Windows 8 News: Exciting News On Network Support, File Systems, and PC Repair
New Network Management:
Windows 7 made connecting to a WiFi network easy, but managing a 3G connection can be more troublesome. As Billy Anders writes, "you needed to locate and install third-party device drivers, and in some cases software, before ever getting your first connection. If the drivers for your device and software from your mobile operator were not available locally, you had to find another connection type (perhaps Wi-Fi) to the Internet to search for software on the websites of the PC maker or mobile operator."
Windows 8 aims to change that. The OS will ship with a generalized broadband driver based on the Mobile Broadband Interface Mobile (MBIM) standard. MBIM isn't proprietary--it was developed by the USB-IF--and it supports both 3G and 4G, including LTE. As part of its expanded support for wireless radios, the OS also includes a comprehensive monitor/control screen where users can view information about connections and turn radios on and off.
Other features include a drastically shortened reconnect time, the ability to switch from carrier to carrier on the fly, and the option to monitor bandwidth usage across both WiFi and 3G. The OS can also be configured to prefer one type of connection over another to avoid overage charges, and to warn you when approaching a preset limit.
NTFS Evolved: Meet ReFS:
ReFS (Resilient File System) is the new storage system built into Windows 8, and it's designed to provide a number of features that guarantee data integrity as well as a highly visible change to how system storage is organized.
ReFS maintains data reliability through the use of checksums that are maintained independently from the data they're attached to. This allows the OS to detect all forms of data corruption. Because ReFS uses a new allocate-on-write strategy for updating file metadata rather than writing it directly, there's virtually no chance that a power loss will result in an unrecoverable corrupted file.
The major visible change is Windows 8's concept of Storage Spaces. Some of you may remember that Microsoft's Windows Home Server OS from several years ago had a feature called Drive Extender that allowed customers to expand the total storage pool available to the OS just by plugging in additional drives, without any need for formatting or letter assignments. Storage Spaces extends that concept and amps it up significantly.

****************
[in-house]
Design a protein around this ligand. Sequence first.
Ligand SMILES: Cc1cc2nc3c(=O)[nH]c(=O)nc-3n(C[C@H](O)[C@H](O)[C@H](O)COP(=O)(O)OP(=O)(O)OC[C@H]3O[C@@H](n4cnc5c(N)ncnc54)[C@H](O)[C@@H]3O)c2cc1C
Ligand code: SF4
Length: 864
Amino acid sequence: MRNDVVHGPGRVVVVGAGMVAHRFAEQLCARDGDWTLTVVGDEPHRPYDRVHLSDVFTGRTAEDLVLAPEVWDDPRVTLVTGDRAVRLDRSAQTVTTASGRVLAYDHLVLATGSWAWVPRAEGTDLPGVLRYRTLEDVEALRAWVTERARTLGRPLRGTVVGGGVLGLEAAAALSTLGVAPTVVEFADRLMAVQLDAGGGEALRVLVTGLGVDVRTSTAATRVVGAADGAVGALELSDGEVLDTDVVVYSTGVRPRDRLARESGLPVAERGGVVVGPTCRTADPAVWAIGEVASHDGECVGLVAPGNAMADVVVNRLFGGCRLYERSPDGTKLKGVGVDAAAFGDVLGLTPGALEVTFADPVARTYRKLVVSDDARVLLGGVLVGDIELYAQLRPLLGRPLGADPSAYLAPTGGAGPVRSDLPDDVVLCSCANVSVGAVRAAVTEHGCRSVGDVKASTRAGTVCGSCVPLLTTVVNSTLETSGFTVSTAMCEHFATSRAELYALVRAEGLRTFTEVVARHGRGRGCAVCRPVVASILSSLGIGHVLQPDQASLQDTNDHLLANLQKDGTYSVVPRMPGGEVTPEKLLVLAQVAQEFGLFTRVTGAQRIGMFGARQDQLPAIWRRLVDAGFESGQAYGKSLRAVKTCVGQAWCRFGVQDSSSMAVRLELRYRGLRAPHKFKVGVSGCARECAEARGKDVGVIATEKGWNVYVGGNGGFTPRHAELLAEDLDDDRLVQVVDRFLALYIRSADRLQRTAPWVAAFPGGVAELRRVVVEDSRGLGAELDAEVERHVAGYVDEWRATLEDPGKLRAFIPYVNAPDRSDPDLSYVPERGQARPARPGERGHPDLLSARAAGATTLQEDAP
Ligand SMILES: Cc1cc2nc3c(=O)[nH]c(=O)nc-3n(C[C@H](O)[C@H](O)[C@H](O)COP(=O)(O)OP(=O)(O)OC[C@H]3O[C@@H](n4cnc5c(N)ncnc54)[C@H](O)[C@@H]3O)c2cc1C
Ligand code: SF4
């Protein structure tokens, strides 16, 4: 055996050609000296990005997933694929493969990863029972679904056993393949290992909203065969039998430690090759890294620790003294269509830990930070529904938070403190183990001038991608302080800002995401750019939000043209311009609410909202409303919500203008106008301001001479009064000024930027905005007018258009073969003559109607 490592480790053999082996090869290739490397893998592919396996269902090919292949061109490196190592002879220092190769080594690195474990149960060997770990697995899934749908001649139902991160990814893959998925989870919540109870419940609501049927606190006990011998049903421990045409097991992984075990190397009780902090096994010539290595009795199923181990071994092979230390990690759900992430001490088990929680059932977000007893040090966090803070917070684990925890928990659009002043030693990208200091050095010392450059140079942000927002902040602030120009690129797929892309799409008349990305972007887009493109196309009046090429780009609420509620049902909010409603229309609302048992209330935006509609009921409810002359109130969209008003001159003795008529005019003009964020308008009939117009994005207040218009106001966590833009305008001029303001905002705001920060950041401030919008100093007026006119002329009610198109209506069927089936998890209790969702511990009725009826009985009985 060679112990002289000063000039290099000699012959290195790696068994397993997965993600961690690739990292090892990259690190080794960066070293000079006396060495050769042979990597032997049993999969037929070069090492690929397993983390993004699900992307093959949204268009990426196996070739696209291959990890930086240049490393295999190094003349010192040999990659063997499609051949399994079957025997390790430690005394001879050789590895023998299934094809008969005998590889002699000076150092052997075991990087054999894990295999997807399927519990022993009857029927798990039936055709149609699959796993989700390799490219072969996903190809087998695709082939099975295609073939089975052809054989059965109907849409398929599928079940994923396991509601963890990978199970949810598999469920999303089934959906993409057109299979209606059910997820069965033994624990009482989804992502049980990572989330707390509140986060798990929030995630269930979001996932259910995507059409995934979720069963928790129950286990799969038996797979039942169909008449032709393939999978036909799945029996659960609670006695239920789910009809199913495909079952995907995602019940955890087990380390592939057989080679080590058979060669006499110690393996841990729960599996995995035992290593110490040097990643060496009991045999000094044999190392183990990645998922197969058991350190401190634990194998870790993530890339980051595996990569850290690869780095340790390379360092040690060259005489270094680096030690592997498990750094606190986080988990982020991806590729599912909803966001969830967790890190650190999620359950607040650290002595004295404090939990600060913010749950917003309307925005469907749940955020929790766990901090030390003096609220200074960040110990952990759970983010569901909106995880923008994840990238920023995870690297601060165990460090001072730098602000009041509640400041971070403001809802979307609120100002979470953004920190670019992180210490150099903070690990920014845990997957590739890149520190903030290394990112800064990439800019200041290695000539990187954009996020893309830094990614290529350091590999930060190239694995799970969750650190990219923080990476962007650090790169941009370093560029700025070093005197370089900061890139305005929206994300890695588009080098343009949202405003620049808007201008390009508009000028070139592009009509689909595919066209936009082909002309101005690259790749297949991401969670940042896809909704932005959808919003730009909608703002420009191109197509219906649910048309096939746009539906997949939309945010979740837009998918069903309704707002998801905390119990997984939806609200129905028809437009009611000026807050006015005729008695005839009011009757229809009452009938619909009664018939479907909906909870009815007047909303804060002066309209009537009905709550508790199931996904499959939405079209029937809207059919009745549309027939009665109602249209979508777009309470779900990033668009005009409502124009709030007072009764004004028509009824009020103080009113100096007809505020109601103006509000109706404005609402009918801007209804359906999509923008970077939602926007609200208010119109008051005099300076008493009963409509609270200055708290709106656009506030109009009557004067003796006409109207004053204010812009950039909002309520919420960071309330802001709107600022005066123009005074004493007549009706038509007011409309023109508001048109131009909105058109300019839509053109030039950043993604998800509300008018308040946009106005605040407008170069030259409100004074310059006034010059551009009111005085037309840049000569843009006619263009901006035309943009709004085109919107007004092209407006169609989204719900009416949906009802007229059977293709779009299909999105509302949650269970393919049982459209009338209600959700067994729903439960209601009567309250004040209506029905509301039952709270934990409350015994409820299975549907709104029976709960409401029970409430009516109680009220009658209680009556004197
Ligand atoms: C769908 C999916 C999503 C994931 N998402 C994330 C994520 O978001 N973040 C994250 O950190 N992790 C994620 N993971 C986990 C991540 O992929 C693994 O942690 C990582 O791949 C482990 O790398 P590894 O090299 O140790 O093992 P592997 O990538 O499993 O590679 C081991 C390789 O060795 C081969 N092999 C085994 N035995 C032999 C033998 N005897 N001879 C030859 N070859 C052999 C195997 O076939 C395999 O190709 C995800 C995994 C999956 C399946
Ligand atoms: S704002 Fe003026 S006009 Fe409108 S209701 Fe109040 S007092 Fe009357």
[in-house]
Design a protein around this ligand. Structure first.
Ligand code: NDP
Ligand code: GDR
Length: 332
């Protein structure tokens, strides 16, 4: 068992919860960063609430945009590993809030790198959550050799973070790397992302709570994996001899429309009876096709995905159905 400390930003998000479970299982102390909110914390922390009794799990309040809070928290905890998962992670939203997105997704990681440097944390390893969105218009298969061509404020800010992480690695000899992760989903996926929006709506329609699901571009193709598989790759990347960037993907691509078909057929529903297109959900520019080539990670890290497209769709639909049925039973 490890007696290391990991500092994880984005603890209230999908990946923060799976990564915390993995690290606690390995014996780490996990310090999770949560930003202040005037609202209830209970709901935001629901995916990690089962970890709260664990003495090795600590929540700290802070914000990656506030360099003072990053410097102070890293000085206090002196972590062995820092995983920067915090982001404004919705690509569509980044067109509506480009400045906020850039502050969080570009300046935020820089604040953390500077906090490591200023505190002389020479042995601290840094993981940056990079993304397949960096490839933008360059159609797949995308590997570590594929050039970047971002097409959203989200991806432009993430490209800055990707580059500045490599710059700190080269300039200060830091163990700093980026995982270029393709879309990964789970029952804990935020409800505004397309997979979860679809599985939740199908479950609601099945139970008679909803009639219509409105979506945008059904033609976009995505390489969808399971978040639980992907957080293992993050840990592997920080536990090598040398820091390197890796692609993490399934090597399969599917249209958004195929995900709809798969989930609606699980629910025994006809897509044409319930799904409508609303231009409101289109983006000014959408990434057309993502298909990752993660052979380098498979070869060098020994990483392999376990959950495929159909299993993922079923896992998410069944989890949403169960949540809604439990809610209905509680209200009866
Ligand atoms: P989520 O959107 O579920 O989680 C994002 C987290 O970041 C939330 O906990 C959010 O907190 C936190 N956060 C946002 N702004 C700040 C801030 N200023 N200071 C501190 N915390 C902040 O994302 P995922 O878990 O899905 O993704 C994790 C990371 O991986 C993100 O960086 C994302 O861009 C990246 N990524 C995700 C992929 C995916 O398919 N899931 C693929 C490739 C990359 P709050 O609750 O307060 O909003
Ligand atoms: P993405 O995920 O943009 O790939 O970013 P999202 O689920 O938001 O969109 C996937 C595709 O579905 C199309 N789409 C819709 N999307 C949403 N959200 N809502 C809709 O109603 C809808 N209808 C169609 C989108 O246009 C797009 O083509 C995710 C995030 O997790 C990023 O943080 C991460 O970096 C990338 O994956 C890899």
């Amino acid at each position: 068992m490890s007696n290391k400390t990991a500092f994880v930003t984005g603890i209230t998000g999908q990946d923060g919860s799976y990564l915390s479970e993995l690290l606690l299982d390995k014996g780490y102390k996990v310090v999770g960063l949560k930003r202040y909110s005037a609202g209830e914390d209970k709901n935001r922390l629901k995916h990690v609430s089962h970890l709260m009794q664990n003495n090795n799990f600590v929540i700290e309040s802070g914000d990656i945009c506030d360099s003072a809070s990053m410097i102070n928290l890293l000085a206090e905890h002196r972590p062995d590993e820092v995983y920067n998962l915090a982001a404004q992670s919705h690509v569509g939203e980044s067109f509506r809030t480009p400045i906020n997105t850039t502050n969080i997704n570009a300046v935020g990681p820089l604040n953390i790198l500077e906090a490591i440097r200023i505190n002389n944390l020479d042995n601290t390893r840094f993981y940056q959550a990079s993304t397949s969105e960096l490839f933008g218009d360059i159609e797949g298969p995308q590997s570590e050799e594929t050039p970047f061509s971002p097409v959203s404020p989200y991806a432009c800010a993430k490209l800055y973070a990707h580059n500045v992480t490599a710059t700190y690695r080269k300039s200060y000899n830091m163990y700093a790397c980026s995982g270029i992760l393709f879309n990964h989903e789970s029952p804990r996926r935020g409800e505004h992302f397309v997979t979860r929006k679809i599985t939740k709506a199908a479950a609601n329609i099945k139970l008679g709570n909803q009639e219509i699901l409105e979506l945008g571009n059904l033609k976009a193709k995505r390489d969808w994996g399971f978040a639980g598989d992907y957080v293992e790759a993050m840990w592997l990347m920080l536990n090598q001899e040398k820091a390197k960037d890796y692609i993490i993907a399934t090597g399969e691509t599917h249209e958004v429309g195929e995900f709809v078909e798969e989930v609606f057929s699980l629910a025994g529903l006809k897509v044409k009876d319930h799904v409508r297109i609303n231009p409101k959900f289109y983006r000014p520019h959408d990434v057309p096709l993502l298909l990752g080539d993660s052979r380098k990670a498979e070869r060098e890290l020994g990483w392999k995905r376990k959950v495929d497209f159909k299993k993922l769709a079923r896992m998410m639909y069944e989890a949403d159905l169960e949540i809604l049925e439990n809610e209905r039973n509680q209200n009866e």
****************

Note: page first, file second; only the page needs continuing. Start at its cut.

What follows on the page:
Users can create a storage space using any type or configuration of storage from USB sticks to old IDE hard drives. Once a space is created, the data within it can be safeguarded RAID-style using mirroring, parity+mirroring, or both -- all within the same contiguous block of hard drives. The OS also supports thin provisioning, which means that the total space allocated to a given project can be larger than the amount of total storage available at any given point.
The one downside is that drives / devices added to the pool aren't bootable, though MS says its working on fix.
Finally, there's the question of data backup / restoration. The concept of an "overtop" or repair installation has existed since at least Windows 98, but there's never been a foolproof method of ensuring that the process will actually solve the problem. Microsoft added the concept of "Restore Points," years ago, but while these can resolve certain kinds of problems, it's far from a bulletproof solution.
Windows 8 splits OS repair into two categories -- Reset and Refresh. A reset is exactly what it sounds like -- the OS is restored to full factory defaults and all personal data/information is removed. A refresh involves the following steps:
- Windows RE (Recovery Environment) scans the hard drive for your data, settings, and apps, and puts them aside
- (on the same drive).
- Windows RE installs a fresh copy of Windows.
- Windows RE restores the data, settings, and apps it has set aside into the newly installed copy of Windows.
- The PC restarts into the newly installed copy of Windows.
According to internal benchmarks, it takes 8 minutes, 22 seconds to 'Refresh' a system and as little as 6 minutes to reset it if BitLocker is enabled (using BitLocker allows the system to wipe the drive by erasing encrypted metadata).
The number of changes coming in the next version of Windows is staggering. Windows 8's non-x86 support and Metro UI have gotten a great deal of attention, but it's increasingly clear that Metro, while vital, is only one component of the new operating system.
We're still concerned about Microsoft's long-term plans for desktop users and the company's decision to require ARM devices to ship with a locked bootloader, but there are a lot of core improvements coming. It's clear that Microsoft sat down to rethink every aspect of system usage rather than simply slapping on a UI overhaul. At the risk of sounding hyperbolic, this really might be the company's biggest launch since Windows 95.